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September 02, 2014
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editorial

Becoming men of good character


Practical considerations aside, however, ethical arguments have overshadowed the discussion, with some of the most personal statements for change coming from Scouts themselves—both straight and gay—including some who publicly resigned from the BSA.

Here are some samplings from their resignation letters, which can be found online:

“Boy Scouts taught me to be brave and honorable… I cannot be part of an organization that discriminates.”

“The organization which I believe guided me into becoming the man I am today, has practices that go against the very principles I took from it.”

“When something is unethical, you should stand up and say something.”

“Scouting has taught me to honor my conscience.”

“Being morally straight means standing up for equal rights and inclusion, not bigotry.”

[For one of several sites, see: boingboing.net/2012/07/23/eagle-scouts-stand-up-to-the-b.html]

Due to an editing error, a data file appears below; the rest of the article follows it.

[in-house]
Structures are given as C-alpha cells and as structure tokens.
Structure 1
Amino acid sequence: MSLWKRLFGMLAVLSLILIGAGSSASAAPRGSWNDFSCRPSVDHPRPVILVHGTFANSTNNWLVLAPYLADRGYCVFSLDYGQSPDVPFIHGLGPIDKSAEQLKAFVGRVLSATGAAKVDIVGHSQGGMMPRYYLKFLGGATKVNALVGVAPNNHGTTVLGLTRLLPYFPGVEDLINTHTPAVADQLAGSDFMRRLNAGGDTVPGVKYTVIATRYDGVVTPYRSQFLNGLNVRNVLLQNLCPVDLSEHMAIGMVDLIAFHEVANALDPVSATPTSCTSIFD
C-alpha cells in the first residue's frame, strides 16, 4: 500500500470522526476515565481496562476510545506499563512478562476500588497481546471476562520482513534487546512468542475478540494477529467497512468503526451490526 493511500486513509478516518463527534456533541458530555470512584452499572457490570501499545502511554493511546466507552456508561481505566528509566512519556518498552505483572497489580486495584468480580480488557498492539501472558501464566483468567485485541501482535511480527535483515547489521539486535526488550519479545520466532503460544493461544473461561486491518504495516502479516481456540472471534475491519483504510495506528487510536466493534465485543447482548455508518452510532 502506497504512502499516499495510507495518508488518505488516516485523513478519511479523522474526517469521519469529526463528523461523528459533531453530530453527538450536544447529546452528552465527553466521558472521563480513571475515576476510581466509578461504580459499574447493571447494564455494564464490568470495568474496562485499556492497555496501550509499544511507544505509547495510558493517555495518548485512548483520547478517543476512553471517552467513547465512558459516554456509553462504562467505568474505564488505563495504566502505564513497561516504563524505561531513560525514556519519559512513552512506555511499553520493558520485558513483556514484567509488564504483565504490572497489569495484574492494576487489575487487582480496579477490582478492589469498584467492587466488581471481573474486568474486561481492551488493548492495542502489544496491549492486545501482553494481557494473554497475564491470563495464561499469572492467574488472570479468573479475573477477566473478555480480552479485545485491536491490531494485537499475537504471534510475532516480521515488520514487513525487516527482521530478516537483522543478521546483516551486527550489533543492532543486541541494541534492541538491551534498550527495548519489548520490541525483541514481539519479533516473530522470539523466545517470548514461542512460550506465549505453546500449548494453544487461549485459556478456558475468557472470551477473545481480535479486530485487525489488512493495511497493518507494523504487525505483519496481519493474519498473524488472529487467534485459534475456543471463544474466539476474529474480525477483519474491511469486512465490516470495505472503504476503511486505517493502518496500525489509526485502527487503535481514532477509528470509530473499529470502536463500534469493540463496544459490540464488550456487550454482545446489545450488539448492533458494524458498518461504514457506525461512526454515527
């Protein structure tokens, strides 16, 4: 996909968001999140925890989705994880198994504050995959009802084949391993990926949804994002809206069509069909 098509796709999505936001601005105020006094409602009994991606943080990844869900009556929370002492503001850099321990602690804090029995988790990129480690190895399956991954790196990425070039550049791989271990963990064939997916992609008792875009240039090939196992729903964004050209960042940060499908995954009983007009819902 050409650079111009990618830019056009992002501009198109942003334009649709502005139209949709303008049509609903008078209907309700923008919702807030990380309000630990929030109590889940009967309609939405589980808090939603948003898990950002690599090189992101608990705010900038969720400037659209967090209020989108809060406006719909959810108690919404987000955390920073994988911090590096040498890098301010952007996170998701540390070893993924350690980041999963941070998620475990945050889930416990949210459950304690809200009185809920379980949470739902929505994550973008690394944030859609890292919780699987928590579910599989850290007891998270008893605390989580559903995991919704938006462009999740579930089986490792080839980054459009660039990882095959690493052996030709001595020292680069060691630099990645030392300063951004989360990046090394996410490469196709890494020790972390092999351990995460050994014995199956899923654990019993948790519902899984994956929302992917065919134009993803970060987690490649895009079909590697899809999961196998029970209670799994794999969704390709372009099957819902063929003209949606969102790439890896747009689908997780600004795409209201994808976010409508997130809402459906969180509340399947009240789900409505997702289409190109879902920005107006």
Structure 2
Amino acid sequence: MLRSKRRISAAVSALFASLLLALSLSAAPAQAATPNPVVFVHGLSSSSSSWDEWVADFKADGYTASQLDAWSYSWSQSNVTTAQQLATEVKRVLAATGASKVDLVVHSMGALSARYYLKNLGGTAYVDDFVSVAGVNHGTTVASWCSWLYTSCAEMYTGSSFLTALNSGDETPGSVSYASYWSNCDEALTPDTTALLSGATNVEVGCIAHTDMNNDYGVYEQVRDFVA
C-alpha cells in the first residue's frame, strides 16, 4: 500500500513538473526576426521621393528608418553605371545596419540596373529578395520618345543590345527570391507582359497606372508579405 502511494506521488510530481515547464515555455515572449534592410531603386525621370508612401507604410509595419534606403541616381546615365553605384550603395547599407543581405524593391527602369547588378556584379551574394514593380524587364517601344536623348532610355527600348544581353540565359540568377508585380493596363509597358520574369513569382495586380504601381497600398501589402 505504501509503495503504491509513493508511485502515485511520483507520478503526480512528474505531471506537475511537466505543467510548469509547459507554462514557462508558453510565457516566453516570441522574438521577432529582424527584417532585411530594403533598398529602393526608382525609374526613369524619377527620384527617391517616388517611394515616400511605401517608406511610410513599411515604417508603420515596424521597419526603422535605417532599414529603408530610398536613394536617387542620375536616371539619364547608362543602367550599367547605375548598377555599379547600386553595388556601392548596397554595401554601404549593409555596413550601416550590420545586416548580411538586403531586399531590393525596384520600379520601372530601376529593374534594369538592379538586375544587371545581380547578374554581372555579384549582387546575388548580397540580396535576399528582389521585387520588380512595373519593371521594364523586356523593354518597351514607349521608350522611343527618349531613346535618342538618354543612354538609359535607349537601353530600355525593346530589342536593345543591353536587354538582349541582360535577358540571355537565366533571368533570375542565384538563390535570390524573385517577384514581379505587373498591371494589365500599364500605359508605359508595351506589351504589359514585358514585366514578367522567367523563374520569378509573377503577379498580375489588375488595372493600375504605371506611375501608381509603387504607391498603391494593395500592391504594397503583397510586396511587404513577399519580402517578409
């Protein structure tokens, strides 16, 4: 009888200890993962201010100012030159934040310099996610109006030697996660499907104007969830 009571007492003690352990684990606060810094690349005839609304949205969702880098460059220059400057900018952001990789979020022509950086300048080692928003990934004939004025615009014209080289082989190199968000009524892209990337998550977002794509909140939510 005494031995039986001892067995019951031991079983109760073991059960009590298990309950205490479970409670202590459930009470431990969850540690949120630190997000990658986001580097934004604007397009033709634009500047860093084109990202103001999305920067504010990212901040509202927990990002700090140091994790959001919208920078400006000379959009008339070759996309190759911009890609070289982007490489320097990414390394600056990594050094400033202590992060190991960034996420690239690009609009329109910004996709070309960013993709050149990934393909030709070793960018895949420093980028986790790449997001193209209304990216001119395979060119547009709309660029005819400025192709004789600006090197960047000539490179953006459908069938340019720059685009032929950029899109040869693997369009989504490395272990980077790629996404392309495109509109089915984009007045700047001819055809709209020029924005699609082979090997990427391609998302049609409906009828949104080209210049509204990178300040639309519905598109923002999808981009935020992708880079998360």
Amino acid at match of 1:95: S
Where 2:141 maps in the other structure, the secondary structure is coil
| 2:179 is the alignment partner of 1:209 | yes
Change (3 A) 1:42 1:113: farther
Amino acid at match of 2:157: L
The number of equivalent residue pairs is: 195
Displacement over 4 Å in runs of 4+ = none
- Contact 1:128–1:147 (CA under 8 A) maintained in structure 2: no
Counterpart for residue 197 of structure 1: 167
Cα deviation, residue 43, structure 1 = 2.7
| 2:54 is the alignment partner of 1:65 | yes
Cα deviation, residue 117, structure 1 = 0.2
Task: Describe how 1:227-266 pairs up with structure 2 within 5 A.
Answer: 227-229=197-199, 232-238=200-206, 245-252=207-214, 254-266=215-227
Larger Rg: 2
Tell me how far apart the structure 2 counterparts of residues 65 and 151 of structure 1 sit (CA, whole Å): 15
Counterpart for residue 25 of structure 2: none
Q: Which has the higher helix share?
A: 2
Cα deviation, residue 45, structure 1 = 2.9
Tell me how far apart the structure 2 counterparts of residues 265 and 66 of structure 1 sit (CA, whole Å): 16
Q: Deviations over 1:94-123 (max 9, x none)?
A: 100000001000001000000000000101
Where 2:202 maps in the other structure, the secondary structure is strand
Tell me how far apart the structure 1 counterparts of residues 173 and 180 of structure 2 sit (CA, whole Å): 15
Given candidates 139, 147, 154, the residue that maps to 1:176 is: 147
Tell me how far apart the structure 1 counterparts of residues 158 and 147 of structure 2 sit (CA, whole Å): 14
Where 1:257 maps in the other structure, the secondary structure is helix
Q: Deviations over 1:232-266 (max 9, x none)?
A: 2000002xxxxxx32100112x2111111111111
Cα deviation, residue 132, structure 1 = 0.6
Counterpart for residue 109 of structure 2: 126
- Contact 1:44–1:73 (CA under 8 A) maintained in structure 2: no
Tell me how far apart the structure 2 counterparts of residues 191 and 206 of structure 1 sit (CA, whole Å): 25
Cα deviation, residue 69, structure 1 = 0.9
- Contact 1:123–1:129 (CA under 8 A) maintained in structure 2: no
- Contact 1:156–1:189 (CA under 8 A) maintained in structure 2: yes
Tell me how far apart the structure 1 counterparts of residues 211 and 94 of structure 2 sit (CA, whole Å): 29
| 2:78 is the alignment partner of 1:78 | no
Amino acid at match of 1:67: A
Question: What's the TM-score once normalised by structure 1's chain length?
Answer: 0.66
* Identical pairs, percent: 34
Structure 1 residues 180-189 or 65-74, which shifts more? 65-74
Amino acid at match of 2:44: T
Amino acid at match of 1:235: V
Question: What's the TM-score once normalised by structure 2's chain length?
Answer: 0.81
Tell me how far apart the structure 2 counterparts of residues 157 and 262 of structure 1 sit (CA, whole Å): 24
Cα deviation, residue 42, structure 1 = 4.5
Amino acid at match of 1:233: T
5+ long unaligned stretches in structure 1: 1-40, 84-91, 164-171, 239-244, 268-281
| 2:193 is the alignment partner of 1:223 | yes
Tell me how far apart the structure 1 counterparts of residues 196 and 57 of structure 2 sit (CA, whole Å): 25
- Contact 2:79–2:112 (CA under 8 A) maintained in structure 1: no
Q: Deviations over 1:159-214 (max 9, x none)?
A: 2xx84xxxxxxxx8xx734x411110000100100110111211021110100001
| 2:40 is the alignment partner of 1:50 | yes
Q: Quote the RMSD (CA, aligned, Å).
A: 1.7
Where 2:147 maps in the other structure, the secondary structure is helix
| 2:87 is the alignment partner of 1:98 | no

The truth is that there have always been gay Scouts. Until now, even if they were Scouts from an early age and had learned and lived by Scouting’s values, once a boy’s emerging sexual feelings told him he was gay, he has had choose either to keep his sexual preference a secret, or to admit them openly and be forced to resign. If the newly proposed policy passes, however, with its stipulation that “any sexual conduct, whether homosexual or heterosexual… is contrary to the virtues of Scouting,” then these Scouts will have different option, namely, to continue to be a part of the Scouting community and uphold its ideals.

This finally brings us to what we see as the key question: If a boy or a man behaves with integrity and honor, what bearing does his sexuality have on his character?

It will be very unfortunate if at the end of the day, the BSA’s national council has decided to keep its ban on gay youth. Straight youth who then choose to remain in the scouts will have learned that it’s okay to exclude people based on their sexual orientation.